public sector is important in luring foreign investments into the
country. The public sector should have a pro-business attitude and
be perceived as flexible and not bureaucratic.
"The overriding importance for small countries is to have absolute
political stability. There must be national consensus."
Sri Lanka has
to build on its experience of offering peace to the outside world,
that is both inward and outward looking, access for investors to
decision makers, and free movement of capital were all stressed
as being some of the important factors in the economic development
of small countries.
Bank can't warn public of shady financial outfits
Bank is unable to warn the public when financial institutions are
in danger, as this would lead to a collapse of the entire financial
system, its deputy governor W.A. Wijewardena said last week.
Bank performs on-site and off-site supervision of commercial banks
and if there are any irregularities they bring such mattes to the
attention of the management, he told a seminar organised by the
Sri Lanka Association of Securities and Investment Analysts to educate
the public on How to make prudent investments.
also spoke of the myth that the Central Bank could rescue financial
institutions by means of financial assistance.
He said, The
Central Bank has the right only to print money. It could only do
so to the extent the particular financial institution has government
He also said
printing money would increase inflation, which would erode the purchasing
power of the people. Speaking on investment options available, Vajira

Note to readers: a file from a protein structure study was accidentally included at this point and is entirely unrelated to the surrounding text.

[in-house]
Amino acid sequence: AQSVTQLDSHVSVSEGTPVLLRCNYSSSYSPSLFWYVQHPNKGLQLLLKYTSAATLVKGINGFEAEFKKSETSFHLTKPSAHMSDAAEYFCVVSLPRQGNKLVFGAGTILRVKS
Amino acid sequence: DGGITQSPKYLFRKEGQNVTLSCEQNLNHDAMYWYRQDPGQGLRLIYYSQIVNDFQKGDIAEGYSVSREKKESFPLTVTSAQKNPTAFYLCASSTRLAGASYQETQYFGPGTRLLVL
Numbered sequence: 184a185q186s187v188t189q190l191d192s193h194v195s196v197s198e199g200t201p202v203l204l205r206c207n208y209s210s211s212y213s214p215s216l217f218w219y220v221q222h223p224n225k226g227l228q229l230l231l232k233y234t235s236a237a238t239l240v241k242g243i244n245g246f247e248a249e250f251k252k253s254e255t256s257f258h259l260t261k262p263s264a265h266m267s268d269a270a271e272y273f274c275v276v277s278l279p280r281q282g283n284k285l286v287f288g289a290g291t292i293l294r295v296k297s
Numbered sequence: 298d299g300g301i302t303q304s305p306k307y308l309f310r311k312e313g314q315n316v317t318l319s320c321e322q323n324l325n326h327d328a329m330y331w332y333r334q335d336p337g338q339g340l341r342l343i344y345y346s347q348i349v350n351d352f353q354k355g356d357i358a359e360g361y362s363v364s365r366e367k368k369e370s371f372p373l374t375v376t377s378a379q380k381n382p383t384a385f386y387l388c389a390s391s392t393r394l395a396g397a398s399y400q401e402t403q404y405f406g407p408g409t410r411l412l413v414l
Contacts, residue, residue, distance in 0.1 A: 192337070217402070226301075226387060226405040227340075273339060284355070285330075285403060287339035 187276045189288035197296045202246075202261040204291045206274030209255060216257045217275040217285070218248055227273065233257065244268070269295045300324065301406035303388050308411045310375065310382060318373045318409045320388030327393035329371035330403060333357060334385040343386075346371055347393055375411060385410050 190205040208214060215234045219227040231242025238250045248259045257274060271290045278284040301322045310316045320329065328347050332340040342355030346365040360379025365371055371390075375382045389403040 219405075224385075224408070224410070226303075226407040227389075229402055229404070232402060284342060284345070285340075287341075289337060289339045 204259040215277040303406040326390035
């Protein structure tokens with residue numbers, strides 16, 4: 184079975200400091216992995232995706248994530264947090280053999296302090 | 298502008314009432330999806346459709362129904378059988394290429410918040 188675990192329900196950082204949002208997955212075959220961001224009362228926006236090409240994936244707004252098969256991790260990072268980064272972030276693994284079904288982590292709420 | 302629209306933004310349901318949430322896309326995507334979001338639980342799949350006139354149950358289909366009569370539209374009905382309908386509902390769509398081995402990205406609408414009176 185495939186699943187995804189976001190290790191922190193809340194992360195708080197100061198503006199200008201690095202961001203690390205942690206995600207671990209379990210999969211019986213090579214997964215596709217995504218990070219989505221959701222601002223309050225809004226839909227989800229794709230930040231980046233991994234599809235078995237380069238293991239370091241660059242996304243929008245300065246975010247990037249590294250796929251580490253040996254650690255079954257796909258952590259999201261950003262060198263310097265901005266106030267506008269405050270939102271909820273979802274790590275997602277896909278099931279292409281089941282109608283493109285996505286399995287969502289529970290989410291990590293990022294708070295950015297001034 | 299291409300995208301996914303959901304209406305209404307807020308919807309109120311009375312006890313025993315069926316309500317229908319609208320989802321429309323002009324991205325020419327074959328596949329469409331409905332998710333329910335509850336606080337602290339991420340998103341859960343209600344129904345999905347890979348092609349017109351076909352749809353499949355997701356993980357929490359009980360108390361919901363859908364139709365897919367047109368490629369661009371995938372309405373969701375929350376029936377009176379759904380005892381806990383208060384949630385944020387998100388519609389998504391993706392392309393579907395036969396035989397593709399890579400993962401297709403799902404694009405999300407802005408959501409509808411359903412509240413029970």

Kulatilake, Chief Executive Officer, Citi National Investment Bank,
said, When investing, having an objective is important. And
most importantly diversification; spreading the risk of investment
by investing among different assets and institution is a must. Also
take inflation, return, risk, time horizon, taxation, and liquidity
in to account as they play an important role in making prudent investments.
of Fitch Ratings Lanka, speaking on the risk of investing, outlined
the concept of risk and types of risks.
He said, Information
is the lifeblood of financial markets. In reality the information
flow is uneven. In such situations distinguishing between good and
poor quality investment is difficult. As a result investors cannot
monitor the management's use of funds. The best protection available
for investors is financial disclosure, transparency and most importantly
good corporate governance.
He also spoke
of the credit rating system , saying, The public should try
to invest with financial institutions with credit ratings. Institutions
credit rating should not be misunderstood when purchasing debt instruments
of the same institution as debt instruments are rated individually.
Senior Manager, Legal, Securities and Exchange Commission (SEC),
said the recent amendments to the SEC Act give it enhanced powers
to investigate the books of firms, call for information and summon
witnesses. The amendments give more protection to investors .
The most shocking